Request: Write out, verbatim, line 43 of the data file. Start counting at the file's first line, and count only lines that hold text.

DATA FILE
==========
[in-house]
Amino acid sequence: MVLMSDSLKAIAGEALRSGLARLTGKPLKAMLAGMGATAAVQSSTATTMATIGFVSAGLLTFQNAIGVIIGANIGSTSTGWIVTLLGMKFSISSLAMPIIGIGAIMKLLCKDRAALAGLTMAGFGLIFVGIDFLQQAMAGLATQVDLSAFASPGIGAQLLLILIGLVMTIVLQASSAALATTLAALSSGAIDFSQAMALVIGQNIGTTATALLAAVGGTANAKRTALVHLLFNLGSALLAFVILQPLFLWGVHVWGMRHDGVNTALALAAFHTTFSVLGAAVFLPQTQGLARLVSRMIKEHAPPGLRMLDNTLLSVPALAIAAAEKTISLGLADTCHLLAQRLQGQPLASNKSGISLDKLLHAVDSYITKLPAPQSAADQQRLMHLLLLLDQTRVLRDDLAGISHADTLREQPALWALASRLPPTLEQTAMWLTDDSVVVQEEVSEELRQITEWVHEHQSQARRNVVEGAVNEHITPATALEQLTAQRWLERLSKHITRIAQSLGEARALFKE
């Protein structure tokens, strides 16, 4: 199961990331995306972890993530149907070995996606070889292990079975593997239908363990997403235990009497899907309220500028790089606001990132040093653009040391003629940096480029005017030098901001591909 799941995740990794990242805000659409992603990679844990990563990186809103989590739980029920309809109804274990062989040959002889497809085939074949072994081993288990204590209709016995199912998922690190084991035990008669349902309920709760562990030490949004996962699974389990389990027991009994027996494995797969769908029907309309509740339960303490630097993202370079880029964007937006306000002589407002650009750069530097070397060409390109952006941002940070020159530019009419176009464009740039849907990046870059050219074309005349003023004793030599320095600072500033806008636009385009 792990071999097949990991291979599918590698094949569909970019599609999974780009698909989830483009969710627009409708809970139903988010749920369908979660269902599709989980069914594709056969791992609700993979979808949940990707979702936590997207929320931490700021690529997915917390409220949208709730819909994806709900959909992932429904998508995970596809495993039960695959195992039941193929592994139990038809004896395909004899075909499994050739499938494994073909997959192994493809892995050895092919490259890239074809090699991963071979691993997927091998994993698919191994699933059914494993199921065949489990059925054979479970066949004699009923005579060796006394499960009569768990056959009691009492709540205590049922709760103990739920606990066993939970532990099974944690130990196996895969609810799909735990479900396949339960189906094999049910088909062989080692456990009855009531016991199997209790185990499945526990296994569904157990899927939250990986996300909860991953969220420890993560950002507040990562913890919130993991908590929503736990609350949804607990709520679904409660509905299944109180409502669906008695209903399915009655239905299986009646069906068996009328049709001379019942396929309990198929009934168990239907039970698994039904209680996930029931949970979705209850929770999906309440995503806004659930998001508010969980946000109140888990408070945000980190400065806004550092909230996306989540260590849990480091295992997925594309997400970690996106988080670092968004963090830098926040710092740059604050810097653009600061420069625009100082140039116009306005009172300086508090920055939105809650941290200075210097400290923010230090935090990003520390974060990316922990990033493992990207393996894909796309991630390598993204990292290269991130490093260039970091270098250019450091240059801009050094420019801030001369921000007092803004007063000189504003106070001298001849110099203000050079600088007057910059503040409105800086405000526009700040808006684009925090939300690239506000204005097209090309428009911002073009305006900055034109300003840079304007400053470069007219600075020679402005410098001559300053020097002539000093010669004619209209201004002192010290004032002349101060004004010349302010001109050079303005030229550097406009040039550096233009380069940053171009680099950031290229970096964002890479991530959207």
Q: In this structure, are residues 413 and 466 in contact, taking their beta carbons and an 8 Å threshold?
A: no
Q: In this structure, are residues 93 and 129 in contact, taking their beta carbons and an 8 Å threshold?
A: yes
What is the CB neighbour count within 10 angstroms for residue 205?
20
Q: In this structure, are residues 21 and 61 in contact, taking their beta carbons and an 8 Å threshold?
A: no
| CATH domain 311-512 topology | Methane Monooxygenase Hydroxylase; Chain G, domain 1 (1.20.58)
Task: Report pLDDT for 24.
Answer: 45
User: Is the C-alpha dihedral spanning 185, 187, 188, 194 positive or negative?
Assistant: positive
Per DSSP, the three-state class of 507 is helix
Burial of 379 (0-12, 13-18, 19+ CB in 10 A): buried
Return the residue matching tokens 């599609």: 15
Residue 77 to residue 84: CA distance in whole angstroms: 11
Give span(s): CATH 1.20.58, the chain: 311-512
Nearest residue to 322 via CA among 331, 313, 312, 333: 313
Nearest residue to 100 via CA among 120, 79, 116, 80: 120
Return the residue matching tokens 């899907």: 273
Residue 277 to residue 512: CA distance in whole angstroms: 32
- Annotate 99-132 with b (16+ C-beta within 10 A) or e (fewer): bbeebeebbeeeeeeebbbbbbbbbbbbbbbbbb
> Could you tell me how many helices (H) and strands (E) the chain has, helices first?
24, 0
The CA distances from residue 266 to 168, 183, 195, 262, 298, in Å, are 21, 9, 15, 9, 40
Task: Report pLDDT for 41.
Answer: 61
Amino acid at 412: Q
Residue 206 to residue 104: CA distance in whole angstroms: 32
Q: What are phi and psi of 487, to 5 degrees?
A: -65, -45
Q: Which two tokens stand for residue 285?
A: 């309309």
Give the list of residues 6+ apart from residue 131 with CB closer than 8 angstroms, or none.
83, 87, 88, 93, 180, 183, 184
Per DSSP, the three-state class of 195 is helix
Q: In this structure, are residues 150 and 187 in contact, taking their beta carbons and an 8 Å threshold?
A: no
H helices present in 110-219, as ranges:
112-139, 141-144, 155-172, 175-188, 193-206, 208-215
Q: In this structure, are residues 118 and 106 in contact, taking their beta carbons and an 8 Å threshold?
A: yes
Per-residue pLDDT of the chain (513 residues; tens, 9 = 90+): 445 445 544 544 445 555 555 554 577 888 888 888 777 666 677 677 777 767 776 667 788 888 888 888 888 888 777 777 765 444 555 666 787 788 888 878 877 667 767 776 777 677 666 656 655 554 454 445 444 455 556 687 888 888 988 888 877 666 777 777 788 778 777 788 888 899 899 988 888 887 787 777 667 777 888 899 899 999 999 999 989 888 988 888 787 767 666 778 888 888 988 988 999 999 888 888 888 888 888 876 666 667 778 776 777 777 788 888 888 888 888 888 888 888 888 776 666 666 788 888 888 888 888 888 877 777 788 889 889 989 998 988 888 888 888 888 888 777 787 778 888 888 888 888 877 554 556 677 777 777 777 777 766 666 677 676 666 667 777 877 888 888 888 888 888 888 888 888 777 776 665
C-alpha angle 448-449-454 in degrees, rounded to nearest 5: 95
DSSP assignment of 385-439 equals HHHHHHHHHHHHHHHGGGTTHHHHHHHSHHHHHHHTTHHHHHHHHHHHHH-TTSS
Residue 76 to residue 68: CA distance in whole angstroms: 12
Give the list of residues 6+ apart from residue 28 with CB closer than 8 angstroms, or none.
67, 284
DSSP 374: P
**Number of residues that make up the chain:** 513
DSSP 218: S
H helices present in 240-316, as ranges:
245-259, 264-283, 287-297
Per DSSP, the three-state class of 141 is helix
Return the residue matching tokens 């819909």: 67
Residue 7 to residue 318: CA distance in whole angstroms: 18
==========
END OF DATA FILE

H helices present in 110-219, as ranges: